With the transition from AVB to TSN, the number of mechanisms defined by the IEEE 802.1 TSN TG and the scope of them has greatly increased. Thus, the so called TSN standards, are often referred to as a toolbox in which each of the mechanisms is a different tool, with its own purpose and functionality. We have already discussed the importance of choosing the right mechanisms for your use-case. But the abundance of TSN mechanisms, while making them more interesting and versatile for different industries, has also increased the complexity on how to handle their configuration and management.
To address those issues, the amendment IEEE Std 802.1Qcc-2018, introduced some guidelines for the configuration in Clause 46, where three different configuration models where defined: the fully distributed model, the centralized network/distributed user model and the fully centralized network.
In the fully distributed model end-stations communicate directly to the network their user requirements and such requirements are propagated peer to peer using a TSN user/network protocol. Each node will then manage its own resources using the information that is locally available. This is the original AVB approach and for that the Stream Reservation Protocol was used to configure the Credit-Based Shaper.
However there are TSN mechanisms that require a network-wide knowledge for a proper configuration, such is the case for Scheduled Traffic. Additionally, this centralized view of the network can be necessary to optimize the performance in demanding use-cases. To satisfy these needs, the two other configuration models, include a CNC (Centralized Network Configuration) entity that has complete view of the topology and capabilities of all the nodes and thus is able to generate global configuration for the network.
In the centralized network/distributed user model, the end-stations still communicate directly to the network their user requirements, but then the edge nodes forward directly the information to the CNC, that as described before, is able to compute adequate configuration. In the fully centralized model, the end-stations communicate their user requirements to another entity, the CUC (Centralized User Configuration), that in time forward the information directly to the CNC.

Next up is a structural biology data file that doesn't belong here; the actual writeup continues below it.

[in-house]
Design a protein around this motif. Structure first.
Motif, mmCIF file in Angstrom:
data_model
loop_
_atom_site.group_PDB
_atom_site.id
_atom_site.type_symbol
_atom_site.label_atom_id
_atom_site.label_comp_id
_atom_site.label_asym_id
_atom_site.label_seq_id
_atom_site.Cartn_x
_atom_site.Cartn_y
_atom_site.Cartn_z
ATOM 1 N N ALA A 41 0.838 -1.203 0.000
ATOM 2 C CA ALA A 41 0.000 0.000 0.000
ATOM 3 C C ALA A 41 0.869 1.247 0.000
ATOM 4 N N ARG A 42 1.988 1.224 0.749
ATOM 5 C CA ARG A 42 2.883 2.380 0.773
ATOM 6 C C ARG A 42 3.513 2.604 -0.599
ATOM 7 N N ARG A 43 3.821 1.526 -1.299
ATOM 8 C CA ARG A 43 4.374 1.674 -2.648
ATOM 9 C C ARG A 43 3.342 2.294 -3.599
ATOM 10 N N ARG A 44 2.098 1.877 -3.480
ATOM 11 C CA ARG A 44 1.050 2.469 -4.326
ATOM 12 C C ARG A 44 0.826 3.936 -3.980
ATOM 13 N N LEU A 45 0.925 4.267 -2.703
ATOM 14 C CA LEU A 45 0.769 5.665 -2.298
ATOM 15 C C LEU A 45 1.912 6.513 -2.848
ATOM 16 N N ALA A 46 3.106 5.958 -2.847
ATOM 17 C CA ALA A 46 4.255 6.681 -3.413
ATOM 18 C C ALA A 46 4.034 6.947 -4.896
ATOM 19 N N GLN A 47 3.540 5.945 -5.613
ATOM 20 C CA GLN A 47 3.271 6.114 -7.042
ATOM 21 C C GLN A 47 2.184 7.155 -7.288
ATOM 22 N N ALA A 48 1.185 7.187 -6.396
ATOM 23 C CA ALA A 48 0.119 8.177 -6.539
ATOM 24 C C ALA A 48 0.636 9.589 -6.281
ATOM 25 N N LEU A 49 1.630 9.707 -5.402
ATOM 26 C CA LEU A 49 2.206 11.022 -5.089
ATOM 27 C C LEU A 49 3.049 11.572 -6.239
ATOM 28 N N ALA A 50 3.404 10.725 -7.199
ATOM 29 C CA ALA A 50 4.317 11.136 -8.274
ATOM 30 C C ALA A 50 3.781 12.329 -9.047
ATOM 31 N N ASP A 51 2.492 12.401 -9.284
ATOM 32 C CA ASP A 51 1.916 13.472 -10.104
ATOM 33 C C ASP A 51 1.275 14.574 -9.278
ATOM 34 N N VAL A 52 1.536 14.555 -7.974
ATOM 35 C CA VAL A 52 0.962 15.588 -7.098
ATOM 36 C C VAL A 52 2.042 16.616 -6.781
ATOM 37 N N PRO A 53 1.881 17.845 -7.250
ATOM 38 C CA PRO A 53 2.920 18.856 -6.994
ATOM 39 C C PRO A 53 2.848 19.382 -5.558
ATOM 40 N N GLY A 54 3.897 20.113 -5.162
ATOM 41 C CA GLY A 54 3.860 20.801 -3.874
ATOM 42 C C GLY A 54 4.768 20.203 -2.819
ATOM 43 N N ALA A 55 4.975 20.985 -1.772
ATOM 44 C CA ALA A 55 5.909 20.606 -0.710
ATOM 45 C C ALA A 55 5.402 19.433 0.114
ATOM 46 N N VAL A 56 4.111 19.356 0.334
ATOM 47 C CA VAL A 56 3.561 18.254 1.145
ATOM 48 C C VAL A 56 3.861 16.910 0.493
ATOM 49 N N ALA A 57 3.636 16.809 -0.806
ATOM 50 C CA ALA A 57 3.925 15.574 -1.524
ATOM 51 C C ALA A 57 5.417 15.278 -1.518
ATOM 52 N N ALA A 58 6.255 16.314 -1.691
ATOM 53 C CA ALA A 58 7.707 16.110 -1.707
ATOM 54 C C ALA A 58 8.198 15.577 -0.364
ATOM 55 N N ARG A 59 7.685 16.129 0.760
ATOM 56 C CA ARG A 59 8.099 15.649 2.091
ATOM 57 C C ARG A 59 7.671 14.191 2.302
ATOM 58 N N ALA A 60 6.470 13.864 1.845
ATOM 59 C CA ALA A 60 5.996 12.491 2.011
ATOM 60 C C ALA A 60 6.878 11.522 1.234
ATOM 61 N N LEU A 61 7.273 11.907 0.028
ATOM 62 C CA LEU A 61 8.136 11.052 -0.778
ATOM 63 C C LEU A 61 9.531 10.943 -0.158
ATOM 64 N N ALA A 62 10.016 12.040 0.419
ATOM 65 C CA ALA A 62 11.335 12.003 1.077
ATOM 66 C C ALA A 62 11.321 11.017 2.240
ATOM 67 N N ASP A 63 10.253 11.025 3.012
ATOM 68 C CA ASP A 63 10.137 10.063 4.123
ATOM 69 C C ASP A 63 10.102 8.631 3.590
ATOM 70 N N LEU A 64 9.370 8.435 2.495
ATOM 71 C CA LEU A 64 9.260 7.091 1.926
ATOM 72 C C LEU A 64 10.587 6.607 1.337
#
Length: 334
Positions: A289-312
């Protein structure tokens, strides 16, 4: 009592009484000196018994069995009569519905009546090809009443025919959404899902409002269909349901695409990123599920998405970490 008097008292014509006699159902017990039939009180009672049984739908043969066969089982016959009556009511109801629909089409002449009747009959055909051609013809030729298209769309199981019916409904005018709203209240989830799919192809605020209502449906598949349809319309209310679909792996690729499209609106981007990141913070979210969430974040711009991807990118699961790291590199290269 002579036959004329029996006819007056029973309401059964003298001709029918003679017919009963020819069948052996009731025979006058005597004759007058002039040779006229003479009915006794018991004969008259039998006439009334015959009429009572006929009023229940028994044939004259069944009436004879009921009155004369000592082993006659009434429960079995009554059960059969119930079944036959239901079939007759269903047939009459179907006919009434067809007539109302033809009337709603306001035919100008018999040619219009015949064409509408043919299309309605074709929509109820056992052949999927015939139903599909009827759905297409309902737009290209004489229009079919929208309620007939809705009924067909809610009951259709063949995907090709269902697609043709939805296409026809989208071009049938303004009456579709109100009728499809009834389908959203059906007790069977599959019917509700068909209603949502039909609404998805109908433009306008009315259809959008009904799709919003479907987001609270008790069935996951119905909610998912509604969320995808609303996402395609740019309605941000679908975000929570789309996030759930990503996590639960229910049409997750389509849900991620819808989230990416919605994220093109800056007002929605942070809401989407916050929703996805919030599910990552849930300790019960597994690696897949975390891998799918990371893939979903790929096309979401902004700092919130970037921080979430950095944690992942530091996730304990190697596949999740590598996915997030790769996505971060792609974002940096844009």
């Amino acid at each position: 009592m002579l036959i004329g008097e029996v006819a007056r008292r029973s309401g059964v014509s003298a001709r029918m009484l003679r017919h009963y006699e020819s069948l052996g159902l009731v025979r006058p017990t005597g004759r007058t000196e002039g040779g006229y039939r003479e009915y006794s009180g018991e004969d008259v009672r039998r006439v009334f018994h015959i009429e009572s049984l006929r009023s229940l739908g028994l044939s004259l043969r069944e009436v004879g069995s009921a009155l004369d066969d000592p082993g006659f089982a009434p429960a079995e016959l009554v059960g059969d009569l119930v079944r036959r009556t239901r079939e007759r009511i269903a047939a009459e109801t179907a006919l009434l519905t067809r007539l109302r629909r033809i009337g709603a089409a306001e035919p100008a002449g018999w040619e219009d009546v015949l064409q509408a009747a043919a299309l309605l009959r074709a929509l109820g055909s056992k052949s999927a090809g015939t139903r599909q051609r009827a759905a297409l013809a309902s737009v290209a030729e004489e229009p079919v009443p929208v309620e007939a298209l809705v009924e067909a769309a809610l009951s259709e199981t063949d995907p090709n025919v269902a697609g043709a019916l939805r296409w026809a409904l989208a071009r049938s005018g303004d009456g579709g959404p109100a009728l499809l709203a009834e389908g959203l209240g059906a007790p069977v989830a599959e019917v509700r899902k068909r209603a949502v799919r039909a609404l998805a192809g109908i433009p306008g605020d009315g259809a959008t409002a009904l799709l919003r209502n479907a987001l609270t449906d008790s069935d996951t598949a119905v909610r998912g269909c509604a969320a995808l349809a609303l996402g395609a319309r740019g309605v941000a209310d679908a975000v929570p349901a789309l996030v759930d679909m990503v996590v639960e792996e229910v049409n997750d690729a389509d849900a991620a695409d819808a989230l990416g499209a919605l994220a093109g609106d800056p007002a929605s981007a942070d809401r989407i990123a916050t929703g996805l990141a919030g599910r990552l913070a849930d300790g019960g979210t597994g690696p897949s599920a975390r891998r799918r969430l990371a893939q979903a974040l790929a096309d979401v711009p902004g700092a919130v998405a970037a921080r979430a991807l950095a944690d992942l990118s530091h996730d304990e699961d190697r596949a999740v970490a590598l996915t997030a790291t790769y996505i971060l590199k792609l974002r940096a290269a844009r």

For both centralized models, the CNC configures the bridges using a network management protocol. SNMP has been traditionally the choice for network management protocol, specially in the field of Industrial Automation, and because of that MIB models were developed for all mechanisms. However, NETCONF is emerging as the new default management protocol, presenting advantages over SNMP, such as datastore view of the configuration and consistency checks for robust configuration changes. To support the growing popularity of NETCONF, there is an on-going effort in the TSN TG to standardize YANG models for the main TSN mechanisms – starting with IEEE Std 802.1Qcp, that defined the based bridge model, and subsequent projects adding YANG models for Scheduled Traffic, Frame Preemption, Per-Stream Filtering and Policing (P802.1Qcw), Stream Identification, Frame Replication and Elimination for Reliability (IEEE Std 802.1CBcv-2021) or LLDP (IEEE Std 802.1ABcu-2021).
Despite these efforts, the NETCONF/YANG ecosystem is still not fully realized, with some notorious mechanisms still lacking a standard YANG model (Credit-Based Shaper) and different approaches for other aspects of the network such as the topology and routing. Additionally, the application to these concepts in different use-cases is bringing up new requirements for the configuration in TSN, such is the case with the upcoming Aerospace profile, where the need for a single-file configuration file was introduced (you can find HERE our contribution in this topic).
In TSN.studio, we understand the complexity of TSN configuration and want to help you find a seamless configuration approach that works for you.